Edge networking and edge cloud are closely associated with 5G. It will be either impossible or very difficult to deliver advanced low latency services without hosting application logic closer to the user than in today's centralized network cloud architectures. It's not an overstatement to say edge computing is inherent to 5G architecture.
News feeds in recent weeks show how the edge has captured the attention of the larger, more sophisticated operators. Here are just three stories published by my editorial colleagues at Light Reading that demonstrate this focus:
- Vodafone Meets IBM: 5G Dream Team or Culture Clash?
- AT&T Promotes Its 3 Pillars for Business 5G (spoiler alert: one of the pillars is edge)
- Verizon Gets Serious About Edge Computing
I also recently published the results of an operator survey that asked about the role edge will play in 5G network and service strategies. The results show that the majority of respondents believe ownership of access networks and edge cloud assets gives them an advantage over off-network cloud providers. An excerpt from that survey is shown below.
The chart shows how operators' opinions fall across four different scenarios in the Heavy Reading survey. A sizeable 40% of operators believe the ability to host applications in their edge data centers would give them a competitive advantage over cloud players (that do not have access or edge network assets). A further 22% expect advantages even where the service provider “hosts the application in its central data center.” The 11% is also important, as it indicates that even if an app is hosted in the public cloud, the operator can still play a role in assuring application performance. A total of 73% of respondents therefore think ownership of access network and/or cloud assets enables operators to offer superior end-to-end performance guarantees in 5G compared with public cloud providers. This sounds about right; the challenge is to prove it.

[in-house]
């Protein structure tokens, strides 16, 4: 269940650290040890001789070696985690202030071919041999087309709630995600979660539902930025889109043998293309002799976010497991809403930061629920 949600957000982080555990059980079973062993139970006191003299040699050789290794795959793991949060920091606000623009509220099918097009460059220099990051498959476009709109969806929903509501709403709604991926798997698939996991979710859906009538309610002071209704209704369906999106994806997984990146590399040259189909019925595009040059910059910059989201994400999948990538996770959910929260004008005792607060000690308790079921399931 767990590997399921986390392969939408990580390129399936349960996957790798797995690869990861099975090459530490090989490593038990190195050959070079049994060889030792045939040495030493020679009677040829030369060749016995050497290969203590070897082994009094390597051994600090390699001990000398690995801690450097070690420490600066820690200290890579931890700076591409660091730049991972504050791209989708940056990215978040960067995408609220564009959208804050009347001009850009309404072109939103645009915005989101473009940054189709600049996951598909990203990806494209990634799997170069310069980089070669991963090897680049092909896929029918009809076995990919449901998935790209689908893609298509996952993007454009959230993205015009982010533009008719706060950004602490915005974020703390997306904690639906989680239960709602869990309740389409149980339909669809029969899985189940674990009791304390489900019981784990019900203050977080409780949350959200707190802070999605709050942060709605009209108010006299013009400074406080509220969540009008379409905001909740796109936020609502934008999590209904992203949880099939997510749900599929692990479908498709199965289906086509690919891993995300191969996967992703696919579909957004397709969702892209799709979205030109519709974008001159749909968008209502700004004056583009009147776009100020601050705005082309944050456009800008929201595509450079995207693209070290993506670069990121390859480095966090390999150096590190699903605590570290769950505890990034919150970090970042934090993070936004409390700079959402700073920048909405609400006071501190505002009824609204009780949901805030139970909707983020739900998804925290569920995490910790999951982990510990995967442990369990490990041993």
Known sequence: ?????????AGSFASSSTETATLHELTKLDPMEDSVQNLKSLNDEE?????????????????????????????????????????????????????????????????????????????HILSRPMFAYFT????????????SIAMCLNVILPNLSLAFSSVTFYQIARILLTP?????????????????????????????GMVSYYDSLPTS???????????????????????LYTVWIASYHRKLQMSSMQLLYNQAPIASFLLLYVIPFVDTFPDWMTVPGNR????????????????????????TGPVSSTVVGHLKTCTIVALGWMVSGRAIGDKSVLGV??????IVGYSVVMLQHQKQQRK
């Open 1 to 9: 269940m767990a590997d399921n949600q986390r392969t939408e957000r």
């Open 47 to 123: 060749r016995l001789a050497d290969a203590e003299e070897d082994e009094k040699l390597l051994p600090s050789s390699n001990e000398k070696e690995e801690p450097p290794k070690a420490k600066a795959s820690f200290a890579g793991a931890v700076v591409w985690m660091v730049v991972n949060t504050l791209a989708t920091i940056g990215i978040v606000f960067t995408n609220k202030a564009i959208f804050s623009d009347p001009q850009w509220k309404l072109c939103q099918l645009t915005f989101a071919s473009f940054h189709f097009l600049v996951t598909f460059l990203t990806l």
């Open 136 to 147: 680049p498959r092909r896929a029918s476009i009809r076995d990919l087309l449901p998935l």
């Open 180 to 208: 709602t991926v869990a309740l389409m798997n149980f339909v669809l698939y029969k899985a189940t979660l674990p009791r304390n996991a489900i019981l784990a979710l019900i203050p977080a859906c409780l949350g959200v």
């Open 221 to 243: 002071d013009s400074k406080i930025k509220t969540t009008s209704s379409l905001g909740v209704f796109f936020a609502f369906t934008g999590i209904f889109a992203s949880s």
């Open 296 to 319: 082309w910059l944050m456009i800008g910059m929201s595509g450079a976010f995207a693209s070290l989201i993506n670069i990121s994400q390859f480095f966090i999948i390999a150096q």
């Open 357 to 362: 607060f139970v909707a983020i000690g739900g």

By definition, if you distribute functions and applications, you also need to distribute monitoring of the network access and edge cloud assets. And because this edge environment is no longer static, monitoring must be implemented in a more dynamic way. Implementing distributed monitoring under the old model of probes and taps on network equipment interfaces is simply too expensive and restricts the rate at which the network can adapt to changing demand or new opportunities.
As I discuss in a new Heavy Reading white paper, "5G Performance Monitoring: Competitive Advantage at the Network Edge," this issue of static performance monitoring and service assurance is one of the reasons why telecom operators have been unable to address market opportunities with sufficient pace. It's also why they need a new approach in 5G.
High-value services that transform a customer's business processes and outcomes clearly require committed service-level agreements (SLAs) with accurate and timely reporting, as well as the ability to anticipate and respond to changing network conditions. The good news, as I write in the paper, is that 5G architecture provides operators with a framework to define service-level monitoring. 5G enables them to gain a cohesive view of what a service needs in terms of network capability and the associated SLAs and key performance indicators and apply this from edge to core.
This blog is sponsored by Accedian .
— Gabriel Brown, Principal Analyst, Mobile Networks & 5G, Heavy Reading